More than 3,000 blips and crackles in the soundtrack have been deleted in the new release, but it doesn't compare to the original Fantasound equipment that made the music "feel like it was boiling down the aisles of the theater," Johnston said. "However, it is much better than the slashed version with Dolby Sound that wasn't in sync with the movie," he said, referring to a 1980s release. "That just ruined it."

If Johnston, a 77-year-old, balding man with a bristly mustache, looks like Captain Hook's sidekick Mr. Smee in "Peter Pan," it's because Johnston modeled the character after himself.

He modeled Bagheera, the persnickety panther in "The Jungle Book," after a fastidious Disney story editor who lined perfectly sharpened pencils on his desk every morning. Johnston also drew the three fairies of "Sleeping Beauty," the dogs in "101 Dalmatians" and Merlin in "The Sword in the Stone." He created Baloo, the carefree bear in "The Jungle Book," after Walt Disney snapped his fingers, shuffled and boogied around the office as a demonstration.

Disney poured $2.28 million into "Fantasia"--about $50 million by today's standards--and it didn't make a profit until 1969.

The movie was originally conceived as a comeback vehicle for Mickey Mouse, who was losing popularity to Donald Duck, said Joe Grant, the movie's story director, who lives in Glendale.

"Walt always had big ideas," Grant said. "When I suggested that Mickey conduct the waves in 'The Sorcerer's Apprentice,' he said, 'Why not conduct the whole universe?' That gave us the idea to take Mickey into the stars in the movie."

Grant, who gave up a newspaper cartoonist job at the Los Angeles Record to work for Disney, said: "I felt like I was going to work for an alien. Walt was a genius who had a passport from somewhere out of this world."

In his home studio, Grant still has clay sculptures of a hippopotamus, an alligator and a centaur, which were used in "Fantasia" and made by the character model department he ran.

The department--which helped the animators draw characters in three dimensions--is the predecessor of all animation model departments and served as inspiration for George Lucas and Steven Spielberg when they worked on their blockbuster "Star Wars" films, according to Grant.

Grant, 83, is happy to finally see his name listed on the new version of "Fantasia." "For 50 years, the movie was anonymously issued, and it was as if all our credits were hermetically sealed in a tomb and they've just been discovered," Grant said.

Grant's wife was one of the inspirations for "Snow White," and his neighbor who lives across the street was the model for the wicked queen. "She is a sweet old woman who had the right profile," Grant said.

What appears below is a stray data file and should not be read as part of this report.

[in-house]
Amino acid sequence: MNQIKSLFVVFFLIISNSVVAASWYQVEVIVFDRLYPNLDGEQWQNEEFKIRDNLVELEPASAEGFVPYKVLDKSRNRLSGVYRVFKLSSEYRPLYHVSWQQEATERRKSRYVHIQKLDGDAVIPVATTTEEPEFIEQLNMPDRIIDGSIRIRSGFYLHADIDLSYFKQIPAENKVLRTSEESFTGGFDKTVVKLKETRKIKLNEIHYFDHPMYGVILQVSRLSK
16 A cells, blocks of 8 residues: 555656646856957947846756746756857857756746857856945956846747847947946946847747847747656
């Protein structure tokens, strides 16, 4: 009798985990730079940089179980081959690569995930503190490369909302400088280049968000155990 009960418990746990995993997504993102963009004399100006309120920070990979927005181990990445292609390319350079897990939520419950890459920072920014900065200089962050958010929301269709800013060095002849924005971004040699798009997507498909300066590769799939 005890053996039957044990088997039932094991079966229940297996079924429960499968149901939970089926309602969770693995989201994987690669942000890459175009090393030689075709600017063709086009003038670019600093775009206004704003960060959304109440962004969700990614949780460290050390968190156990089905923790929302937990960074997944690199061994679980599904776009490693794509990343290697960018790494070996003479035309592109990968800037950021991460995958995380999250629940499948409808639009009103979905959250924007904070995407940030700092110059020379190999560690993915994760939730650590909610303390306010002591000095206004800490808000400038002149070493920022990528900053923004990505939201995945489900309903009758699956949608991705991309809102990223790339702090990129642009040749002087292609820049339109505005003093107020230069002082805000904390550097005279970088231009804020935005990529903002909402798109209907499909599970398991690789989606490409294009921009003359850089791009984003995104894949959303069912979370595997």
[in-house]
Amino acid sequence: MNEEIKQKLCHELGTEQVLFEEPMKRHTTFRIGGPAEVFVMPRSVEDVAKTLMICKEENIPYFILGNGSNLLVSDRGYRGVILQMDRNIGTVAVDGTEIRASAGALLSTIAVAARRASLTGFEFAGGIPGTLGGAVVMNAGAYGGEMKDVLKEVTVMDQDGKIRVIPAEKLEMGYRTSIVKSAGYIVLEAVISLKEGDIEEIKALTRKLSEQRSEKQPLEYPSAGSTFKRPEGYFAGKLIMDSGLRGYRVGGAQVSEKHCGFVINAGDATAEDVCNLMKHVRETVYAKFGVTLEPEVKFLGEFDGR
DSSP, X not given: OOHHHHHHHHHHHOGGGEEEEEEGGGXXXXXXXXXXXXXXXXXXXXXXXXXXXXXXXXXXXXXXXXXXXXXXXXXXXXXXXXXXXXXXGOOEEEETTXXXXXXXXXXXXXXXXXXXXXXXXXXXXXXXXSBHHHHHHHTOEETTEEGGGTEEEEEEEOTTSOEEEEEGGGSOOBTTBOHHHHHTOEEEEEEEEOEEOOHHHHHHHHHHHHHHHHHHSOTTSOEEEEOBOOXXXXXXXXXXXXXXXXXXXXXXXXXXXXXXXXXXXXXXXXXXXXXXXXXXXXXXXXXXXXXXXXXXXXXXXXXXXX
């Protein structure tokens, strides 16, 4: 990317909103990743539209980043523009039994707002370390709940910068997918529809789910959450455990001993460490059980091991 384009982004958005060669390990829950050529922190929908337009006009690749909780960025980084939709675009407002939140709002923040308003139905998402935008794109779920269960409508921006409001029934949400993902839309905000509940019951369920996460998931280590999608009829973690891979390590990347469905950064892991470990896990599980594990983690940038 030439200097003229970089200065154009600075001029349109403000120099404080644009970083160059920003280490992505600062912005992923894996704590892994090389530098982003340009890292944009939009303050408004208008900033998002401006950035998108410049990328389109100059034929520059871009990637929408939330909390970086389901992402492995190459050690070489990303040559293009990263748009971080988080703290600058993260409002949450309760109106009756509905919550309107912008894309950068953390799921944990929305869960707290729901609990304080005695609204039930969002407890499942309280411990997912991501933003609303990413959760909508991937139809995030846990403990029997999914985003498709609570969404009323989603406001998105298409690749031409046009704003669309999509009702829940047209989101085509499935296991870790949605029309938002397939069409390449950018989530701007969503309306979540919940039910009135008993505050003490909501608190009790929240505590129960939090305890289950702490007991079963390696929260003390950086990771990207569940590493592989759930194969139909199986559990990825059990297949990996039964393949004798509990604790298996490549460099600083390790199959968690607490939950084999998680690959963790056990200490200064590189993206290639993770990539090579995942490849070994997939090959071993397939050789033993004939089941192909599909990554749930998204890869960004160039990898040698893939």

Grant retired from Disney to go into his own greeting card and ceramics business. He still serves as a consultant and is working on "The Frog Prince" and a movie based on the popular Disneyland ride "Pirates of the Caribbean."

All three men had to take rigorous tests of art skills in a hot, confined, windowless office nicknamed "the black hole," and most started with a salary of $10 to $15 a week.

O'Connor, who was a consultant on Disney's latest feature cartoon, "The Little Mermaid," and teaches at California Institute of the Arts in Valencia, said, "Disney is not the leader it used to be, and cartooning has sunk to a very low level. 'The Simpsons' is the bottom of the barrel."

Johnston, who likes "The Simpsons" caricatures, worked at Disney until 1978 and has since collaborated on three books about cartoons. The latest book about "Bambi," to be released this month, was co-written with 78-year-old friend and neighbor Frank Thomas.

Johnston shared a room with Thomas in a boardinghouse in Hollywood 50 years ago when they were struggling artists. In their book, Johnston and Thomas dispel the popular myth that a scene depicting the death of Bambi's mother was cut from the movie. That was never drawn, Johnston said.

Johnston--who is consultant on Disney's "The Prince and the Pauper" and a sequel to his last film, "The Rescuers"--said he is impressed with the innovation of Roger Rabbit, but feels that modern cartoons lack character. "Besides, mixing actors with cartoons has been done before," said Johnston, who drew the penguins that danced with Dick Van Dyke and Julie Andrews in "Mary Poppins."

Nevertheless, those who worked on "Fantasia" during the infancy of animation agree with O'Connor, who said: "Never ever again can anyone collect the best artists, the best music, the best creative energy together for one animated feature. No one can afford it. 'Fantasia' will never ever happen again."